All employers withhold a portion of an employee’s wages to pay income taxes, Social Security, and Medicare taxes. This money, which is held ‘in trust,’ must be paid to the IRS on a weekly, semi-weekly or monthly schedule.
However, problems arise when a company uses the money for other purposes, such as paying vendors, utilities, or rent. In most cases, the employer fully intends to replace the trust funds that they borrowed in this manner, but during times of tighter cash flow, back taxes can accumulate faster than they can be repaid.
If the employer fails to pay these trust fund taxes on time, IRC 6672 permits the government to impose the Trust Fund Recovery Penalty (TFRP) to collect it. This liability is personal and assessed against a responsible person or persons (including employees). It is separate from, and in addition to, the original tax debt.(including employees) if the original tax debt is not paid in full.
Who Can Be Responsible for the Trust Fund Recovery Penalty?
The TFRP may be assessed against any individual who is responsible for collecting or paying income or employment taxes that have been withheld and willfully fails to do so.
The IRS defines a ‘responsible person’ as an individual or group who has the duty and authority to oversee the collection, accounting, and paying of trust fund taxes. Depending on how the business is set up, this could be one or more of the following:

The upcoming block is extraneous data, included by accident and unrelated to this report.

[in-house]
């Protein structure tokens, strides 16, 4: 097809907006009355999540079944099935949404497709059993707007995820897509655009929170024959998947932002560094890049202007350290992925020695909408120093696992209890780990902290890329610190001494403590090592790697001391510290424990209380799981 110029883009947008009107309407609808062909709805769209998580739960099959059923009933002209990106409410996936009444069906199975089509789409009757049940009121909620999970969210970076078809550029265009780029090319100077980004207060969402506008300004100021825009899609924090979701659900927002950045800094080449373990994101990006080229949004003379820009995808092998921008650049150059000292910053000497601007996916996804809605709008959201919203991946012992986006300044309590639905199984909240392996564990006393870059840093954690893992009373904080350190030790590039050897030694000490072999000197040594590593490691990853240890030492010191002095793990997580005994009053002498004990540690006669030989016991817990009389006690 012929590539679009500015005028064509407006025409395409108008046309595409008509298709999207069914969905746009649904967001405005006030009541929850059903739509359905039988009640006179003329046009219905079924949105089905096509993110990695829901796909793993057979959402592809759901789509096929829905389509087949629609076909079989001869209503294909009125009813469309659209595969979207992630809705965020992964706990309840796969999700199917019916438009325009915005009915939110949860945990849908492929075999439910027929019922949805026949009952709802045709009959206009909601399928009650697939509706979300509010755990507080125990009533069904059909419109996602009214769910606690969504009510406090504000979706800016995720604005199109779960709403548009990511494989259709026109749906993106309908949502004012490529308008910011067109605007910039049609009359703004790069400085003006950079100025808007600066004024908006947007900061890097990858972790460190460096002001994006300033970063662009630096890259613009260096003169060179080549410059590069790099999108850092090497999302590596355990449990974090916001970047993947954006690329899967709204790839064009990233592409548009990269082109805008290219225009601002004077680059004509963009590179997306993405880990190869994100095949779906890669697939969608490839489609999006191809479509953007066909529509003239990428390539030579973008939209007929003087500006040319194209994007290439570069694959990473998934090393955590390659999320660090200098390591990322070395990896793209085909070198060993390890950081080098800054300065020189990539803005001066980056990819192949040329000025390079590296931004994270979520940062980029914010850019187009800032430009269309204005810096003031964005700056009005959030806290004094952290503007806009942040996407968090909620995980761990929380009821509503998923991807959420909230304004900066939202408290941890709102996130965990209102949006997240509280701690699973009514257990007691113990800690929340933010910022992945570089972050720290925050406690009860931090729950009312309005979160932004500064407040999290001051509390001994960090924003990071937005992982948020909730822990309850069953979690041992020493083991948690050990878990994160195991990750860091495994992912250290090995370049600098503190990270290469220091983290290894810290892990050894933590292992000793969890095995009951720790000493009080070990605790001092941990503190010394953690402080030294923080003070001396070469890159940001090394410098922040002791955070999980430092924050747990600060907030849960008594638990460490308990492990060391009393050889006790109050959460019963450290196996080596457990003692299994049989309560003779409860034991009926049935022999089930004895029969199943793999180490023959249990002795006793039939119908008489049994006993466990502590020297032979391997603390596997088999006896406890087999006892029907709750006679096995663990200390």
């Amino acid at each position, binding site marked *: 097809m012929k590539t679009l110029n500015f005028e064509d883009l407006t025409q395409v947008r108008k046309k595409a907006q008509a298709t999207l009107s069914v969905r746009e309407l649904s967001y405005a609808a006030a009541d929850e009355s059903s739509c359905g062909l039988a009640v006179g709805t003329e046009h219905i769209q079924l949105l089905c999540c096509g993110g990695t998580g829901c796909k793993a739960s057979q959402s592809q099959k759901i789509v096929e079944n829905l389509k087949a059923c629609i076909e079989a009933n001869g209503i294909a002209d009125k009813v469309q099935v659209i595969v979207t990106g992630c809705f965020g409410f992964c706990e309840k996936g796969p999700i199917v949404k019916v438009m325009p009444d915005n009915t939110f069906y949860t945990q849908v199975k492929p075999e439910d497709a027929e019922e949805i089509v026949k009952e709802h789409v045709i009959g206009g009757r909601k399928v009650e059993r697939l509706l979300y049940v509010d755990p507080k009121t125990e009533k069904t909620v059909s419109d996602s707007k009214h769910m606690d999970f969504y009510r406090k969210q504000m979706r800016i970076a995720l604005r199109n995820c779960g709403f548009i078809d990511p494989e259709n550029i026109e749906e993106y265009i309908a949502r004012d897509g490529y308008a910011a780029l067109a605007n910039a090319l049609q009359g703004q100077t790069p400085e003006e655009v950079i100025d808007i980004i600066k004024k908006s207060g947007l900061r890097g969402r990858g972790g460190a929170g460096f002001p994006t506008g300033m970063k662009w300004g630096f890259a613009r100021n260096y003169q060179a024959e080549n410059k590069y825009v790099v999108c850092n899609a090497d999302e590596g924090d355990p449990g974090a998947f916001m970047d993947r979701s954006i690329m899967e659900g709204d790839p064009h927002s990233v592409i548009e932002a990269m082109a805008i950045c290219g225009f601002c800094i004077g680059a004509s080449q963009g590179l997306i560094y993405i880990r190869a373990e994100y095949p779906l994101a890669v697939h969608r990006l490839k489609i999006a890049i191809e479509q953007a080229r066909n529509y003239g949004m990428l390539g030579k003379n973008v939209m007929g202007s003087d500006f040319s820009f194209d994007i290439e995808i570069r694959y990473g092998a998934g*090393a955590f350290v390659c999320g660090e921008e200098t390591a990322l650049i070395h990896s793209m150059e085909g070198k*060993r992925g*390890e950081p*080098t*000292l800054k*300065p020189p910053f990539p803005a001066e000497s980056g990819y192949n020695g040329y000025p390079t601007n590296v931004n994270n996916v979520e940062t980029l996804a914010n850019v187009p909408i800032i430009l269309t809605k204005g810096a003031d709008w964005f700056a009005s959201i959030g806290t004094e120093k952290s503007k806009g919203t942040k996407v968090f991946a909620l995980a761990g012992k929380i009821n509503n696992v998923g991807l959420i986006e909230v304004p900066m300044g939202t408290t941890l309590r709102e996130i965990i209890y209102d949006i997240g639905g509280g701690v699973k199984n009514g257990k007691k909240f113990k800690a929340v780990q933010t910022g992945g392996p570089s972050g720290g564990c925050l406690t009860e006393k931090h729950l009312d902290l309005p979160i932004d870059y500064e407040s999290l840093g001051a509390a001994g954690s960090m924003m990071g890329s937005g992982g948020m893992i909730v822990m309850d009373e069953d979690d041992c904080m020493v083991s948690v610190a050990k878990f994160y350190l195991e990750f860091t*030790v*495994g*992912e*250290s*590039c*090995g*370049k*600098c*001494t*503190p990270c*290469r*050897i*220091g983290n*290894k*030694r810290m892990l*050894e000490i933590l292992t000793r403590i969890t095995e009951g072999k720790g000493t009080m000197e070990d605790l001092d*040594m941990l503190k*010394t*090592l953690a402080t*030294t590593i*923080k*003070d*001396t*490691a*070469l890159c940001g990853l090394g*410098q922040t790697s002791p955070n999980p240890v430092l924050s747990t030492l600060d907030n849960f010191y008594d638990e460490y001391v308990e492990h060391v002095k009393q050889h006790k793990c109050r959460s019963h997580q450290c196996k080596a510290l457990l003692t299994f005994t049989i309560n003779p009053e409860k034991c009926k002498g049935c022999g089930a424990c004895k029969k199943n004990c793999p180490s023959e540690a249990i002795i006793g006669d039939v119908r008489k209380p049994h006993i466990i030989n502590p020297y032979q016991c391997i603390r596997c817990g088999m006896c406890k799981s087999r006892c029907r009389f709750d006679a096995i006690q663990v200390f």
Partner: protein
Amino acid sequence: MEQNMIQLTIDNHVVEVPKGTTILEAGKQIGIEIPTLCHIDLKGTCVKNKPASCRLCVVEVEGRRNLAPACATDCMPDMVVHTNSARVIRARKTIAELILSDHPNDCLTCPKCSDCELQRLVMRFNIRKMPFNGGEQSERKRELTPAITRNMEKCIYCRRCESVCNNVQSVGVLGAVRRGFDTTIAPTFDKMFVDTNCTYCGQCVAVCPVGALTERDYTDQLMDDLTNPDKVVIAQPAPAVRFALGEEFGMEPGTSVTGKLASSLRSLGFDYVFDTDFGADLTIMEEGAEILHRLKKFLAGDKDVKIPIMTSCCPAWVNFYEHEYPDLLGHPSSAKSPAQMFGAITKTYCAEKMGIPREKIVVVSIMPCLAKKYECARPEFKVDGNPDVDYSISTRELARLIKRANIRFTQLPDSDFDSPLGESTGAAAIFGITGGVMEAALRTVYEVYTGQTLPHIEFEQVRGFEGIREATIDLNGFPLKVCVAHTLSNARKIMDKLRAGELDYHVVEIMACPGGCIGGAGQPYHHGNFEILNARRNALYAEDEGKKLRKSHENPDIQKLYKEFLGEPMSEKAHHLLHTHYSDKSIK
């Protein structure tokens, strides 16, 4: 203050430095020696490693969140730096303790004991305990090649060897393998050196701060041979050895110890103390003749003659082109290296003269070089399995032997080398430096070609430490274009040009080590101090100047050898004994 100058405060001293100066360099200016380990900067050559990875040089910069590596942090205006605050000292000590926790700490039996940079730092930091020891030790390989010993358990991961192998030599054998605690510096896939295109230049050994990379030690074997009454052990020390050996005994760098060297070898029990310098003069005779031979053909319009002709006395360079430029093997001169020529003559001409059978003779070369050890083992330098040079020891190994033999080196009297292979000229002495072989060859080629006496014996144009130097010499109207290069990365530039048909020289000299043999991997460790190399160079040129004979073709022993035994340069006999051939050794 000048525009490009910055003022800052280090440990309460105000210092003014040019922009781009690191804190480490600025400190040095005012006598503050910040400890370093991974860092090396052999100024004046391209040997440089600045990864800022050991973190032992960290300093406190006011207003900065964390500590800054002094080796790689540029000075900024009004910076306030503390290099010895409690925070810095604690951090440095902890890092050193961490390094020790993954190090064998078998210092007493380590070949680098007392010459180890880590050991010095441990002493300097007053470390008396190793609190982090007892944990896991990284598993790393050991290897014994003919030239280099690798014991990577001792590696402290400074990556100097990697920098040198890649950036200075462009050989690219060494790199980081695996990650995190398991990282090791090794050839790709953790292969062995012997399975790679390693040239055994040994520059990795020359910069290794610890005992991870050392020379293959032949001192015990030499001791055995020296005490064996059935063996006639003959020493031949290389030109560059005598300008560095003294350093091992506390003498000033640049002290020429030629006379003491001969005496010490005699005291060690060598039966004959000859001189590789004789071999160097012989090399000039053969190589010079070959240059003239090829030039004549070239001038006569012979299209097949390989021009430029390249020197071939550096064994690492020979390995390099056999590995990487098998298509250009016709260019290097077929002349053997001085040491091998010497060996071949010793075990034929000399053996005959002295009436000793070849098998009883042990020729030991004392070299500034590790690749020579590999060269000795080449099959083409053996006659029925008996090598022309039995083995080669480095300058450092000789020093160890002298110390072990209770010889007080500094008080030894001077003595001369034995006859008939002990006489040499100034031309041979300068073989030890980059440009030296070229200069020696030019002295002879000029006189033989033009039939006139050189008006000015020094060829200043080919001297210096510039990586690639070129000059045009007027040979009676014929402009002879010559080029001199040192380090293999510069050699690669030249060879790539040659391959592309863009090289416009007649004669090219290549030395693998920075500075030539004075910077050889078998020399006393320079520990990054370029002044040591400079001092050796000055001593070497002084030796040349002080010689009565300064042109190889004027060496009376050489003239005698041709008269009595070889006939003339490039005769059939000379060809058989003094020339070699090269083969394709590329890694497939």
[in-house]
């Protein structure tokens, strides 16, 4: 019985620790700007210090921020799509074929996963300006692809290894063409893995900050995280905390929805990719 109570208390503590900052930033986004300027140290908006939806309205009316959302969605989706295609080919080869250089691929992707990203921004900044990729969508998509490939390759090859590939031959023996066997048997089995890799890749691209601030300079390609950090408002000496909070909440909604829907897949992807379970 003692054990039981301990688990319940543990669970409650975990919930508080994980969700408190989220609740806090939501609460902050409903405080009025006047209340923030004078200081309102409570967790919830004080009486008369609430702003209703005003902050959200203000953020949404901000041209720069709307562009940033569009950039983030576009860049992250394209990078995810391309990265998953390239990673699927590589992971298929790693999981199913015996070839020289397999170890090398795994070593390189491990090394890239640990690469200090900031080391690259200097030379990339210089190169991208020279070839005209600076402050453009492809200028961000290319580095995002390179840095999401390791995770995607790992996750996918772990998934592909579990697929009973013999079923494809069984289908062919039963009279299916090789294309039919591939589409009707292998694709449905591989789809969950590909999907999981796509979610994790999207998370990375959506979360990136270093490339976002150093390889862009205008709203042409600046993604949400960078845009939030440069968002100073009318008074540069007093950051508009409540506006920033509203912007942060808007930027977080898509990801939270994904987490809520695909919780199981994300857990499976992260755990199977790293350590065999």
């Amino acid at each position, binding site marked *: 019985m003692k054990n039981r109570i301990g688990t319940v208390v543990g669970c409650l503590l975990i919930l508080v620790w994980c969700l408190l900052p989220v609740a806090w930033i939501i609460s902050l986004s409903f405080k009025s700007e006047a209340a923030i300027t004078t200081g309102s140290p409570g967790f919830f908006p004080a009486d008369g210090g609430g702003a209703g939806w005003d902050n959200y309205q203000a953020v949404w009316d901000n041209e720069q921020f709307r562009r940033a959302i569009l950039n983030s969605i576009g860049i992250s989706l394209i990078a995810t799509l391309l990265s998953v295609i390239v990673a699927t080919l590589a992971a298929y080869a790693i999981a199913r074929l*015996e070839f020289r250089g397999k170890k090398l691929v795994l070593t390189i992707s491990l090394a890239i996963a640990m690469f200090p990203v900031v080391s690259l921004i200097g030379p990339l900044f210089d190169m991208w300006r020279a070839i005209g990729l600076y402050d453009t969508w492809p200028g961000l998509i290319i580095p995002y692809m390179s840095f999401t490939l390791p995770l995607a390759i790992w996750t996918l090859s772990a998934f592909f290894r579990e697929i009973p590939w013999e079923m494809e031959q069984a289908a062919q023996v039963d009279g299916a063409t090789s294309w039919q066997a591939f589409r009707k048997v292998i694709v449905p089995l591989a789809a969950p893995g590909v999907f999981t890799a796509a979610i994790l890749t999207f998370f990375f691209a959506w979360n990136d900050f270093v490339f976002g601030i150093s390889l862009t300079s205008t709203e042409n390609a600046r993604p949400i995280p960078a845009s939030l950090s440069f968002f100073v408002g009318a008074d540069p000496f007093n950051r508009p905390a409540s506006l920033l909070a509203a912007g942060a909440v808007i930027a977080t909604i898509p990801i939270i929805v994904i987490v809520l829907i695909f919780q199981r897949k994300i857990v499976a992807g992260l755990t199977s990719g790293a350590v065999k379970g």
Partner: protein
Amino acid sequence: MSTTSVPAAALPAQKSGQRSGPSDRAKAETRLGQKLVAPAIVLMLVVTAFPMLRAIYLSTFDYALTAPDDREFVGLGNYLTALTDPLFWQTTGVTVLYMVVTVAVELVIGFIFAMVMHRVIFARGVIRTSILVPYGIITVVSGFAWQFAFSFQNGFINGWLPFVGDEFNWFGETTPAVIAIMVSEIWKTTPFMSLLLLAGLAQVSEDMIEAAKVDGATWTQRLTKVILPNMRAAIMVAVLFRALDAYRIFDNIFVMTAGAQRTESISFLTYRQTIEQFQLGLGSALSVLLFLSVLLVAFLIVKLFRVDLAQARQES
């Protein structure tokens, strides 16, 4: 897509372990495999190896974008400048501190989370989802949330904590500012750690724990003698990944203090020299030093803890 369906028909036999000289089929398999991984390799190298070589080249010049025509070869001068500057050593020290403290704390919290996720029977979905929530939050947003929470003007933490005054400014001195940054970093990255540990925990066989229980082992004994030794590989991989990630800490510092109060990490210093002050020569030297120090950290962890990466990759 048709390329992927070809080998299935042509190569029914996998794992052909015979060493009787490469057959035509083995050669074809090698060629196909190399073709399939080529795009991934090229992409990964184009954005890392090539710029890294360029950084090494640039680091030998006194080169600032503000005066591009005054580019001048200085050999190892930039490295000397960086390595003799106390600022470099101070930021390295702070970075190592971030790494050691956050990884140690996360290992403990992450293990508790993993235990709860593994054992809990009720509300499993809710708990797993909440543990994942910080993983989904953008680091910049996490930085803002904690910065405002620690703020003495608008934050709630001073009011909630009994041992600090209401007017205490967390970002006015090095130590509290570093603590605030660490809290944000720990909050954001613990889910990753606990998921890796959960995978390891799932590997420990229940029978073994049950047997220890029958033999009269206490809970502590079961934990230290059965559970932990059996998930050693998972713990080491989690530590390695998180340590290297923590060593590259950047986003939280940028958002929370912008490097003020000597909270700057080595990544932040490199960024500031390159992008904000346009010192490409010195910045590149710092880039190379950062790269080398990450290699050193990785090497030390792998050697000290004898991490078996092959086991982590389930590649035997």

- An employee
- Member of a partnership
- Officer of a corporation
- Corporate shareholder or director
- A member of a nonprofit organization’s board of trustees
- Payroll services provider
An individual’s responsibility hinges on whether or not he or she exercised independent judgment in managing the business’s finances. The employee is not responsible if his or her sole function is to pay the bills as directed by a superior, rather than determining which creditors to pay.
Wilfulness is determined to exist when this responsible party must have been (or at least should have been) aware of the obligation and either intentionally disregarded it or was simply indifferent. Evidence of willfulness includes using the money to pay other creditors instead of remitting the money to the IRS.
The IRS does not have to prove that the company representatives acted maliciously. Their actions are considered willful as long as they were aware of or should have known about the outstanding employment taxes but did not take appropriate action.
IRS Form 4180: the Trust Fund Recovery Penalty Interview